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05/06: Reports:

Football League Division Two, 05/11/05, 3.00pm
Hull City
Dream Fixture
By Fred Riley

This used to be my dream match. For an 'Orn living in Hull, 'home' matches are three hours drive away, and even matches Oop North need a good two hours or more on the road to reach, not counting the obligatory time getting lost in an unfamiliar town/city, trying desperately to find a parking place as the clock ticks inexorably towards 3 o'clock. Plans for leisurely pre-match pints go out of the window as you get congealed in traffic, or take the wrong direction, or get forced into the wrong lane, all the while frantically trying to read maps you've printed out from the web and relate them to the chaos outside your windscreen. You park at the first place you see, then find to your horror that it's a good half-hour's walk away from the ground (all the while anxiously memorising landmarks to find your way back, an especially difficult task in the long winter nights), so you find yourself running the last half-mile and arrive puffing and panting in the ground just as the match kicks off. The 'away fan experience' continues after the match as you try to navigate your way back to the motorway through unfamiliar darkened streets in unforgiving bumper-to-bumper post-match traffic. By the time you get back to Hull you're shagged, and any pleasure you gained from the away win you saw hours ago has been displaced by the sheer aggro and stress of getting back home. That's assuming a win, of course...

So for seemingly countless, but in reality merely ten, years in Hull I prayed for the Golden Boys to be drawn away to Hull in a cup or, forlornly, for the Tigers to work their way up to our division. Unfortunately, for all those years the Tigers remained obdurately down amongst the dead men. Even when we suffered relegation to Division Three, despite the late Second Coming of GT (praise be upon Him), Hull contrived to get themselves relegated to Division Four. Not long after, Hull came within an ace of going out of business and out of the league, thanks to a dodgy Board and the self-aggrandising machinations of the unlovely John Lloyd. Having reached their nadir, bountiful angels, in the form of new, dynamic Chairman Adam Pearson, and Peter Taylor - England coach, England managerial heir apparent, and the Tigers' own God - arrived to bring new vision and prosperity to a club for long a stereotype of skint Northern lower-division grottiness. Hull City Council, flush with 200-odd million from the sell-off of 51% of Kingston Communications, Hull's idiosyncratic phone (or "fern", in the lerkel dialect) company at the height of the dotcom boom before it went pear-shaped, gave the club a big helping hand by building a spanking state of the art stadium in the city centre, to be shared with Hull FC egg-chasers. After two false start seasons, the reinvigorated Tigers got their furry arse in gear and clinched back-to-back promotions to land in Division Two at last. My dream fixture had arrived.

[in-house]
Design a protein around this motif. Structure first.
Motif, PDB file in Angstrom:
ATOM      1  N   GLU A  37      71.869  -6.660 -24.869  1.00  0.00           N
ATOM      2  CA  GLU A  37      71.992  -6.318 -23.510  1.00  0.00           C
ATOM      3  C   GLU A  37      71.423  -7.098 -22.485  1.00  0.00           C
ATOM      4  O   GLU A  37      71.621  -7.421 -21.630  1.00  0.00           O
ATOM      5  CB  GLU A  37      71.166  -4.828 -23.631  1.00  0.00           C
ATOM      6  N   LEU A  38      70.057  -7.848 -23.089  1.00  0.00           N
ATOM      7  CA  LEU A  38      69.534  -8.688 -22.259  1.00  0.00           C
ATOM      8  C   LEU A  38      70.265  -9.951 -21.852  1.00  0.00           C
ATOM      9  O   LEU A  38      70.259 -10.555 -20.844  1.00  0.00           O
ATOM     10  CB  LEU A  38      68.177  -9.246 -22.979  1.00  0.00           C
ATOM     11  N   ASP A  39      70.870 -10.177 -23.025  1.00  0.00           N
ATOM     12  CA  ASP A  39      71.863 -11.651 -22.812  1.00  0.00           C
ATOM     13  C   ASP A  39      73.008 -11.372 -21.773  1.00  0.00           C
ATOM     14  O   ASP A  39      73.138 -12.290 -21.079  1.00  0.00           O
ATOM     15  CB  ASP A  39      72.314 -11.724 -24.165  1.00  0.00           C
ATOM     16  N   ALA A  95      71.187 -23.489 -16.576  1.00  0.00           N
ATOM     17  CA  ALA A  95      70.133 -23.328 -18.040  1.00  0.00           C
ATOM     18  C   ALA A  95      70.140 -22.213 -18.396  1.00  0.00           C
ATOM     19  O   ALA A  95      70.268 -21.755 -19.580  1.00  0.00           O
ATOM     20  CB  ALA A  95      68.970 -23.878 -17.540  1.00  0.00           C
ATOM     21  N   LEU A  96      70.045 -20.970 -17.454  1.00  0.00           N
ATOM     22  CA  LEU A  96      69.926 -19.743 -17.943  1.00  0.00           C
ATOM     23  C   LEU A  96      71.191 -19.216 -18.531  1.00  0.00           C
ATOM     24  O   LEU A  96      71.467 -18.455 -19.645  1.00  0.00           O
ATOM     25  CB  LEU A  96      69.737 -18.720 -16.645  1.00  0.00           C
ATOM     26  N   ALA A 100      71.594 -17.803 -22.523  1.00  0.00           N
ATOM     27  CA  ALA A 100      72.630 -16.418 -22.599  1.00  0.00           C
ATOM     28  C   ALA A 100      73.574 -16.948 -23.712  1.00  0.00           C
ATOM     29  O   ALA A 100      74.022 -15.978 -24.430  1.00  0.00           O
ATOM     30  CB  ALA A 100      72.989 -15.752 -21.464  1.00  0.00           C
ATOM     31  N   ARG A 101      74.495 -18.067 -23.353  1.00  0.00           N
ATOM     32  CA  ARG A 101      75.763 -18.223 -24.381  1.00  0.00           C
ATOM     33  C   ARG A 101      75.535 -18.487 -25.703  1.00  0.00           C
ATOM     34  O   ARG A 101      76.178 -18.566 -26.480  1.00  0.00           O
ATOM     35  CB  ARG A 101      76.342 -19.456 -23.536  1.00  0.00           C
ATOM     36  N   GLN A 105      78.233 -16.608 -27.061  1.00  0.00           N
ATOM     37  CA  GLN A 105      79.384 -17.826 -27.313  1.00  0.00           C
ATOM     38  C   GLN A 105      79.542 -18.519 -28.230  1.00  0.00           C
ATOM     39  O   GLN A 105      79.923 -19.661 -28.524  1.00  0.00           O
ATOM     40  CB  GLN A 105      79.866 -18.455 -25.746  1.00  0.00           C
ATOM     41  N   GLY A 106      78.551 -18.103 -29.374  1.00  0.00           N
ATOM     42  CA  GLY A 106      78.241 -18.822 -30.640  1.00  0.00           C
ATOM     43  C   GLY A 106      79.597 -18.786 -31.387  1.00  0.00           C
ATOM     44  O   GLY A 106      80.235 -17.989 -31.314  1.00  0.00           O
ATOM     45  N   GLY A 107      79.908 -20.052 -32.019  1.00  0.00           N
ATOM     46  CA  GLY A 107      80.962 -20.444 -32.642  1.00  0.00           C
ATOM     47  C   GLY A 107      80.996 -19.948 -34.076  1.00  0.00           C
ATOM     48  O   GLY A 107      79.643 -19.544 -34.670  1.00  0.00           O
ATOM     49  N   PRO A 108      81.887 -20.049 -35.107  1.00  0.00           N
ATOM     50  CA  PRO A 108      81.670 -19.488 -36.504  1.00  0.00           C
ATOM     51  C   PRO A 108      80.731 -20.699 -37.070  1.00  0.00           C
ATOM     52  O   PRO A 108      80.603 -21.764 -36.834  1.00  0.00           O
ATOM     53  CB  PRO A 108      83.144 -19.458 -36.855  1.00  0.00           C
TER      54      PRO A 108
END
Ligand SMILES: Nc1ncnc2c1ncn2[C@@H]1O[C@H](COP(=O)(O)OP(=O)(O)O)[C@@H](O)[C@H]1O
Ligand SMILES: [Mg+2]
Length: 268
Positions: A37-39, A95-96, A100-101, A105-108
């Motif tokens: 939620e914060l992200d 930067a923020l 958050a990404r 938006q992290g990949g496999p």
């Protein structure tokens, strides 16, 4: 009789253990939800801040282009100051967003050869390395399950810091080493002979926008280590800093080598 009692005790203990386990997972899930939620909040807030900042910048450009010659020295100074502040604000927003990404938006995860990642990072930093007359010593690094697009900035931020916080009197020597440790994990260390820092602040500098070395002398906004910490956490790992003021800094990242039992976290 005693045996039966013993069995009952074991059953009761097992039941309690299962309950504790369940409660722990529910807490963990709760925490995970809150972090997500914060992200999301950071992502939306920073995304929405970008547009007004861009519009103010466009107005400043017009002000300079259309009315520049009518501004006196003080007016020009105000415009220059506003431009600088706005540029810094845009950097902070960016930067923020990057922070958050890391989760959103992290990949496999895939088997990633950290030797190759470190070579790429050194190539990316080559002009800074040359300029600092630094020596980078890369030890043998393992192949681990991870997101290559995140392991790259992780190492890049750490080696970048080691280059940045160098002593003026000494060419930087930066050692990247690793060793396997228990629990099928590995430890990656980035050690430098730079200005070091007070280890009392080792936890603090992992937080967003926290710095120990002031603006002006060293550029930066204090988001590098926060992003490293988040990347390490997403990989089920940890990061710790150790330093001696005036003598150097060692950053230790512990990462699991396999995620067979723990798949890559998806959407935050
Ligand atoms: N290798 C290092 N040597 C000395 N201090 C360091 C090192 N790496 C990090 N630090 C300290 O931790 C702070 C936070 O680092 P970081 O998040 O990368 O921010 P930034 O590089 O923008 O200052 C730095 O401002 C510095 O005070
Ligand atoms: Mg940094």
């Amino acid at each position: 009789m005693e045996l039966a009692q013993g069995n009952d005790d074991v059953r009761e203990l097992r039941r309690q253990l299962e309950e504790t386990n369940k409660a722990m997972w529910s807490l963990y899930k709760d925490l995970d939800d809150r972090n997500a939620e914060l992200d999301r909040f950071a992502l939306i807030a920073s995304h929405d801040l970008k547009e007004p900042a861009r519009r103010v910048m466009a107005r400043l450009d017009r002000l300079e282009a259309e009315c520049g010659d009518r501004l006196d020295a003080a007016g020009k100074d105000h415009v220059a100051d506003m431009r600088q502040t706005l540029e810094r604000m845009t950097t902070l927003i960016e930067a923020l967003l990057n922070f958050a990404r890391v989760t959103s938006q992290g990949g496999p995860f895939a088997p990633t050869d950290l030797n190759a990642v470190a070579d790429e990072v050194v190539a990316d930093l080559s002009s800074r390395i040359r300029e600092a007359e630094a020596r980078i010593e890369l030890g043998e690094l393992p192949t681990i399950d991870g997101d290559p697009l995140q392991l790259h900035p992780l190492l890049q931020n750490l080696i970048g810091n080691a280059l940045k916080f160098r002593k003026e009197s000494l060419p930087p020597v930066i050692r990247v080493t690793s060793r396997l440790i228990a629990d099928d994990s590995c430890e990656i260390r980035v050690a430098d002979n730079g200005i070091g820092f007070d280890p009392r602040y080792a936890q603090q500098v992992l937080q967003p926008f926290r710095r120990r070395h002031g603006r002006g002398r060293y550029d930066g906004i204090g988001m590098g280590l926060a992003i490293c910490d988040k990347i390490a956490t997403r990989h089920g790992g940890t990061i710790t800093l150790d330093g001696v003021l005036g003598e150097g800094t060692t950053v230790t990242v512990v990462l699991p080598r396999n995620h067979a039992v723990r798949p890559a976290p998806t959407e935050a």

Sadly, I had to leave Hull in 2003 for Nottingham, on account of jobs being scarcer than virgins in the city, so my dream fixture became a standard 2-hour drive away match, although at least local knowledge meant that I knew where to drive and park and my decade in Hull had given me a passable-enough accent to pass as a lerkel in the event of any awkward confrontation with the Tigers hard-core.

So, for a change, I arrived at the ground, a veritable jewel in the dungheap that is the Anlaby Road area of Hull, in plenty of time to check out the team lists and soak up the pre-match atmosphere, but what there was of that was drowned out by the ludicrously loud PA system and the hyped-up MC. The teams came out to the cliched Carmina Burrana, better known as the theme music to The Omen (yeesh! give us a break!), and the Golden Boys' line up was much as expected.

After a tedious opening seven minutes of head tennis and midfield scrapping, Hull broke down their left, and a fine pass found Barmby all alone on the right just outside the area, from where he finished clinically with a low shot into Foster's right corner. Bad marking or great positional skill by Barmby? Probably both. The KC erupted into a wall of noise, and an "oh shit, we're in for a tonking" feeling hit your reporter's guts. Had the Tigers managed to hold their lead for more than a minute the result might (though probably wouldn't) have been different. Instead, from the kick-off we won a corner on the right, and when it was swung in the shiny pate of Mahon rose unchallenged in the area to power a header past Myhill in a classic post-goal sucker punch. The Tiger's roar was silenced and rarely got past a pitiful mewling for the rest of the match.